Teenage Cancer Trust and Bristol Volksfest in new charity partnership
Teenage Cancer Trust and Bristol Volksfest are proud to announce a major new charity partnership championing the needs of local young people and their families, on World Cancer Day
Together the partnership will raise money to support Teenage Cancer Trust’s life-changing nursing care for teenagers and young people diagnosed with cancer.
Horfield resident Elena Blackwell, from Bristol, was just 19 years old when she was diagnosed with a brain tumour.
“It all started after my optician sent me to see my doctor, who told me I needed to come in right now as they had found a growth in my brain. I was at work when he called; I got on my bike and went straight to the hospital.”
Just one month later Elena had brain surgery at Southmead Hospital and was then referred to the Teenage Cancer Trust unit ‘Area 61’ in the Bristol Haematology and Oncology Centre.
“Being on a Teenage Cancer Trust ward meant I met other young people with cancer. At Southmead I saw no one else who was young, and it helped having people I could relate to and being around people I didn’t have to explain everything to. It made such a difference because I felt like they understood.”
Elena, now 23, has had 7 surgeries altogether in addition to proton therapy and chemotherapy; however the treatment has not come without its complications, and the radiation from the proton therapy treatment has affected her short-term memory.
“I remember one particular day – which is funny to say! I was with my brother and sister; my mum had gone out and every 20 seconds I kept asking them where she was. We went straight back to the unit and I was admitted again as an in-patient for three days. It was a really frightening time. The best thing about those three days was having the extra bed in my room, so my brother and sister could take it in turns to stay with me. Teenage Cancer Trust wards don’t have visiting hours; there’s no question about how long someone can stay with you. It was so nice, just having someone there, and having the break-out room where I could go and be with other young people.”
Elena still suffers from memory loss and other side-effects, and her brain tumour is monitored every 6-months, but she is still supported by the Teenage Cancer Trust’s Youth Support Coordinator and included in social activities, trips out and opportunities to attend charity-funded conferences such as ‘Find Your Sense of Tumour’. Teenage Cancer Trust believe young people’s lives shouldn’t stop because they have cancer, and this kind of support provides welcome distractions from the challenges of treatment and coping with cancer at a young age.
Bristol Volksfest is a traditional grass roots Volkswagen show and family camping weekend held at Birches Farm, Long Ashton on 14 – 16 June. The festival started in 1992, bringing like-minded VDub enthusiasts together and share their appreciation for the iconic vehicles. Now it’s developed into an action packed family weekend celebrating all things Volkswagen with an array of traders, independent caterers live music, DJ’s, kids zone and entertainment.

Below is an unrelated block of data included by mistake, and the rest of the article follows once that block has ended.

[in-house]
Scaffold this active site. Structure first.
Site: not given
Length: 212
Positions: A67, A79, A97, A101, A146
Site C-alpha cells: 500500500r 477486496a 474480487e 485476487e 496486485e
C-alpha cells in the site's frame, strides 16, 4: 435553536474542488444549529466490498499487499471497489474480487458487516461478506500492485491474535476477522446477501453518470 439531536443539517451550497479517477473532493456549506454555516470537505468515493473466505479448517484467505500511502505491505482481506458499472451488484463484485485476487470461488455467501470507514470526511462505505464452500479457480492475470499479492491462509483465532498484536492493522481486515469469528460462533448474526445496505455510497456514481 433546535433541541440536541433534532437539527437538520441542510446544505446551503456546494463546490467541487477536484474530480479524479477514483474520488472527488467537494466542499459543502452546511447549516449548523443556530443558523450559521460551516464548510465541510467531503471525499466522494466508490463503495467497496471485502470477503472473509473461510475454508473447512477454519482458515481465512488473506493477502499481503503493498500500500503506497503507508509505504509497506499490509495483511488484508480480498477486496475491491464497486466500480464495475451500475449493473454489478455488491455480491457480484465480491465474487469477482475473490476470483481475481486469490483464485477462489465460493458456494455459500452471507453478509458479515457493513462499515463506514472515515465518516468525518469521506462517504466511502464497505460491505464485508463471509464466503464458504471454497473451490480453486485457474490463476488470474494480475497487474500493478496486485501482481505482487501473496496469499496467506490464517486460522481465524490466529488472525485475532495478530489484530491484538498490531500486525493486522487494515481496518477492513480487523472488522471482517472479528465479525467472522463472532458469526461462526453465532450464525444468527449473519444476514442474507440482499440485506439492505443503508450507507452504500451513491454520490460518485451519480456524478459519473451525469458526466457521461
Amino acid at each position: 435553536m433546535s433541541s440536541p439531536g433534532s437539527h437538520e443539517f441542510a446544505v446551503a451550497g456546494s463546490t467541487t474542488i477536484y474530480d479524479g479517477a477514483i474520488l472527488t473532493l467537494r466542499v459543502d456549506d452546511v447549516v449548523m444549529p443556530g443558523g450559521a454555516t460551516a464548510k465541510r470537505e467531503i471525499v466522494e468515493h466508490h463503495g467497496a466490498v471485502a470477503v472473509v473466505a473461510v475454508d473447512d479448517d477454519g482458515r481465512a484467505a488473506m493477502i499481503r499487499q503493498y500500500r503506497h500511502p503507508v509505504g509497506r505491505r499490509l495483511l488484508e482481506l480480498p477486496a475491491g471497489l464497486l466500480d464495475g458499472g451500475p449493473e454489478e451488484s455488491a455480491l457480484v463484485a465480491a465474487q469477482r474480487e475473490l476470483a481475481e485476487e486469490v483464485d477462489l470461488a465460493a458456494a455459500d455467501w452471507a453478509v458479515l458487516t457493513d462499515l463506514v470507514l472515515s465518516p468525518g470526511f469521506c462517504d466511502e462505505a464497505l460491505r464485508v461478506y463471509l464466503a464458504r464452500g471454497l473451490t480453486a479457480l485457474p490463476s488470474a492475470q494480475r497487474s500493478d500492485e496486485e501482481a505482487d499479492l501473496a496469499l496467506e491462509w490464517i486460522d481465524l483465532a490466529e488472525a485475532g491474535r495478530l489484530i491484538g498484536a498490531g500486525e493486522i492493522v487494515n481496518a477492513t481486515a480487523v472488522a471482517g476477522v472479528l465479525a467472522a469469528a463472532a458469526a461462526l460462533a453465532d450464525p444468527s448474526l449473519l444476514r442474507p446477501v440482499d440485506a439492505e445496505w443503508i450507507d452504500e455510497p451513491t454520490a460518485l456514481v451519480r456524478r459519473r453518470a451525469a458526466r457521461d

"Bristol Volksfest is all about sharing our passion for VW’s whilst enjoying time with family and friends. In our lifetime most of us will be affected by cancer in some form; whether that is a personal fight against the disease or something we support our family and/or friends through. “Nothing can prepare you for this battle, but just imagine having to go through this as a young person, still finding their feet in this crazy world with so much to look forward to and yet to experience. The work Teenage Cancer Trust does with young people and their families in Bristol and the South West is equally amazing and necessary, we know the awareness and funds we raise can help bring young people together making cancer a less isolating and traumatic experience” said Peter Ashby, organiser of Bristol Volksfest.
Teenage Cancer Trust provide life-changing nursing care and support for the 7 young people aged 13-24 who are diagnosed with cancer each day in the UK. This includes access to world-leading Teenage Cancer Trust specialist nurses and age-appropriate hospital spaces with big TV screens, use of a play station and games, as well as a jukebox and musical instruments.
In the South West the charity has built and continues to fund a specialist unit called ‘Area 61’ at Bristol Haematology and Oncology Centre and provides dedicated staff who work on the unit and in hospitals across the region. This team of experts support young people and their families before, during and long after treatment has finished, ensuring no young person faces cancer alone.
In line with this, Bristol Volksfest will be donating free tickets for young people over the weekend, in addition to lots of fundraising activities at the festival as well as taking part in other fundraising events such as Tough Mudder before and after the event – with a target of £5000, hopefully more.
“We’re so grateful to Bristol Volksfest for choosing to support local young cancer patients and their families. Today in the South West, on World Cancer Day it will cost around £1,600 to provide support for local young people through cancer awareness sessions in schools, maintain our specialist units, fund specialist staff and activities. It is only through our supporters like Bristol Volksfest that we can be there before during and long after cancer,” said Bridget Woodard, Regional Fundraising Manager South West for Teenage Cancer Trust.
Tickets are now available on the Bristol Volksfest website
https://www.bristolvolksfest.co.uk/tickets and you can also make a start with fundraising before the event by donating to the festival’s Just Giving page
For more information about Teenage Cancer Trust visit www.teenagecancertrust.org or email email@example.com